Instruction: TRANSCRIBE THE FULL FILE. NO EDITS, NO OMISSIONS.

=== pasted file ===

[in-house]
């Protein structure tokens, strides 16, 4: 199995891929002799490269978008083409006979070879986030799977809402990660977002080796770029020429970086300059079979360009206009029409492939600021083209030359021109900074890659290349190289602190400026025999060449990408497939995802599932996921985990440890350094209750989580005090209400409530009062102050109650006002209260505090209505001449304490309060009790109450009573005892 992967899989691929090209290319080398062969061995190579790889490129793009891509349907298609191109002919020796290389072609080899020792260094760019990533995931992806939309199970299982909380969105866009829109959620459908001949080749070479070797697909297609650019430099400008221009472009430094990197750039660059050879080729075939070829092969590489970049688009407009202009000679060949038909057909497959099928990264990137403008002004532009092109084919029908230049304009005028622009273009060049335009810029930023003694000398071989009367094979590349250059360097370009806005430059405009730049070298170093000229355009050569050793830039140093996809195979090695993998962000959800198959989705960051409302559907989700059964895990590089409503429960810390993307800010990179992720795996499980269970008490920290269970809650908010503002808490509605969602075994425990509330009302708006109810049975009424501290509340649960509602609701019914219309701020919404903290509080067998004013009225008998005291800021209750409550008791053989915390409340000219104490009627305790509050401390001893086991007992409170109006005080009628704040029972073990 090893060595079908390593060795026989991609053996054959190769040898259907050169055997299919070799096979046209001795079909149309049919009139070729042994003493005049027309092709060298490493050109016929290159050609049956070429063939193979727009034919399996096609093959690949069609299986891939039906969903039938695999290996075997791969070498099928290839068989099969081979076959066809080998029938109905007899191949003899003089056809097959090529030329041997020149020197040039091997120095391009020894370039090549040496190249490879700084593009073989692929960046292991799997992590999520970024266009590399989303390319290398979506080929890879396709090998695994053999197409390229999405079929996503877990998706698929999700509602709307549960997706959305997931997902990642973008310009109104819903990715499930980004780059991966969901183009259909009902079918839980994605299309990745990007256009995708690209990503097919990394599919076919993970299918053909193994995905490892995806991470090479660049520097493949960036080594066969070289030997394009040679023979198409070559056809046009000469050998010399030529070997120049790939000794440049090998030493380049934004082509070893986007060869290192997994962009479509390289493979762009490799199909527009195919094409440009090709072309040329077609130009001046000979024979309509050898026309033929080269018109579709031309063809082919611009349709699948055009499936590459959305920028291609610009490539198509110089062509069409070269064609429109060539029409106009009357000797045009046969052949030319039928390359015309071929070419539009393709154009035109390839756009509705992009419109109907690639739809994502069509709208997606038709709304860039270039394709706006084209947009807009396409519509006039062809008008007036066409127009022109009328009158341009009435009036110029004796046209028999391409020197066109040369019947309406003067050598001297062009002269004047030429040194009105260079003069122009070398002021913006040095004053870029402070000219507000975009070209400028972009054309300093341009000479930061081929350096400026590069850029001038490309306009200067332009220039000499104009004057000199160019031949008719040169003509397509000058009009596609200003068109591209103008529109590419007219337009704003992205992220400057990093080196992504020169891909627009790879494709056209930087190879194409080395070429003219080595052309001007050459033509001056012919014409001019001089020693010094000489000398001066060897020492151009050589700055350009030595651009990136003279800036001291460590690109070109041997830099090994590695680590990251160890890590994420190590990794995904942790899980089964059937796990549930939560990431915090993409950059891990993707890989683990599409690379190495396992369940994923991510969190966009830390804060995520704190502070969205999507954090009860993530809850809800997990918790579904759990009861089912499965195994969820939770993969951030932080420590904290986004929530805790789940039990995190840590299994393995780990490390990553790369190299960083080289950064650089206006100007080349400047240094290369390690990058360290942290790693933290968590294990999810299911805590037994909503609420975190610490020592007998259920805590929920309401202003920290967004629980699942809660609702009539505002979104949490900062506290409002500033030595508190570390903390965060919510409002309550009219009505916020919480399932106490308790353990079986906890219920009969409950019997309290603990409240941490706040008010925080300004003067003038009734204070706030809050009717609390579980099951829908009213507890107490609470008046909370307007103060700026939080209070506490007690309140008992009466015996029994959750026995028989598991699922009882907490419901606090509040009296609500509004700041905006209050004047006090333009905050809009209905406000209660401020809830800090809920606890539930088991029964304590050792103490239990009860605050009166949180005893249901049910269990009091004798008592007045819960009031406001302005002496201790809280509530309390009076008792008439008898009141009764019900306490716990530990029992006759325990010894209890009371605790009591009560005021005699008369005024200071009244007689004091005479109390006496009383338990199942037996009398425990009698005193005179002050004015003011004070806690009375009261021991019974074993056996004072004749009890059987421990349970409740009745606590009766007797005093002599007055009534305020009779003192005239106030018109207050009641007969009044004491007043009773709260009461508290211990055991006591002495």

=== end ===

[in-house]
């Protein structure tokens, strides 16, 4: 199995891929002799490269978008083409006979070879986030799977809402990660977002080796770029020429970086300059079979360009206009029409492939600021083209030359021109900074890659290349190289602190400026025999060449990408497939995802599932996921985990440890350094209750989580005090209400409530009062102050109650006002209260505090209505001449304490309060009790109450009573005892 992967899989691929090209290319080398062969061995190579790889490129793009891509349907298609191109002919020796290389072609080899020792260094760019990533995931992806939309199970299982909380969105866009829109959620459908001949080749070479070797697909297609650019430099400008221009472009430094990197750039660059050879080729075939070829092969590489970049688009407009202009000679060949038909057909497959099928990264990137403008002004532009092109084919029908230049304009005028622009273009060049335009810029930023003694000398071989009367094979590349250059360097370009806005430059405009730049070298170093000229355009050569050793830039140093996809195979090695993998962000959800198959989705960051409302559907989700059964895990590089409503429960810390993307800010990179992720795996499980269970008490920290269970809650908010503002808490509605969602075994425990509330009302708006109810049975009424501290509340649960509602609701019914219309701020919404903290509080067998004013009225008998005291800021209750409550008791053989915390409340000219104490009627305790509050401390001893086991007992409170109006005080009628704040029972073990 090893060595079908390593060795026989991609053996054959190769040898259907050169055997299919070799096979046209001795079909149309049919009139070729042994003493005049027309092709060298490493050109016929290159050609049956070429063939193979727009034919399996096609093959690949069609299986891939039906969903039938695999290996075997791969070498099928290839068989099969081979076959066809080998029938109905007899191949003899003089056809097959090529030329041997020149020197040039091997120095391009020894370039090549040496190249490879700084593009073989692929960046292991799997992590999520970024266009590399989303390319290398979506080929890879396709090998695994053999197409390229999405079929996503877990998706698929999700509602709307549960997706959305997931997902990642973008310009109104819903990715499930980004780059991966969901183009259909009902079918839980994605299309990745990007256009995708690209990503097919990394599919076919993970299918053909193994995905490892995806991470090479660049520097493949960036080594066969070289030997394009040679023979198409070559056809046009000469050998010399030529070997120049790939000794440049090998030493380049934004082509070893986007060869290192997994962009479509390289493979762009490799199909527009195919094409440009090709072309040329077609130009001046000979024979309509050898026309033929080269018109579709031309063809082919611009349709699948055009499936590459959305920028291609610009490539198509110089062509069409070269064609429109060539029409106009009357000797045009046969052949030319039928390359015309071929070419539009393709154009035109390839756009509705992009419109109907690639739809994502069509709208997606038709709304860039270039394709706006084209947009807009396409519509006039062809008008007036066409127009022109009328009158341009009435009036110029004796046209028999391409020197066109040369019947309406003067050598001297062009002269004047030429040194009105260079003069122009070398002021913006040095004053870029402070000219507000975009070209400028972009054309300093341009000479930061081929350096400026590069850029001038490309306009200067332009220039000499104009004057000199160019031949008719040169003509397509000058009009596609200003068109591209103008529109590419007219337009704003992205992220400057990093080196992504020169891909627009790879494709056209930087190879194409080395070429003219080595052309001007050459033509001056012919014409001019001089020693010094000489000398001066060897020492151009050589700055350009030595651009990136003279800036001291460590690109070109041997830099090994590695680590990251160890890590994420190590990794995904942790899980089964059937796990549930939560990431915090993409950059891990993707890989683990599409690379190495396992369940994923991510969190966009830390804060995520704190502070969205999507954090009860993530809850809800997990918790579904759990009861089912499965195994969820939770993969951030932080420590904290986004929530805790789940039990995190840590299994393995780990490390990553790369190299960083080289950064650089206006100007080349400047240094290369390690990058360290942290790693933290968590294990999810299911805590037994909503609420975190610490020592007998259920805590929920309401202003920290967004629980699942809660609702009539505002979104949490900062506290409002500033030595508190570390903390965060919510409002309550009219009505916020919480399932106490308790353990079986906890219920009969409950019997309290603990409240941490706040008010925080300004003067003038009734204070706030809050009717609390579980099951829908009213507890107490609470008046909370307007103060700026939080209070506490007690309140008992009466015996029994959750026995028989598991699922009882907490419901606090509040009296609500509004700041905006209050004047006090333009905050809009209905406000209660401020809830800090809920606890539930088991029964304590050792103490239990009860605050009166949180005893249901049910269990009091004798008592007045819960009031406001302005002496201790809280509530309390009076008792008439008898009141009764019900306490716990530990029992006759325990010894209890009371605790009591009560005021005699008369005024200071009244007689004091005479109390006496009383338990199942037996009398425990009698005193005179002050004015003011004070806690009375009261021991019974074993056996004072004749009890059987421990349970409740009745606590009766007797005093002599007055009534305020009779003192005239106030018109207050009641007969009044004491007043009773709260009461508290211990055991006591002495």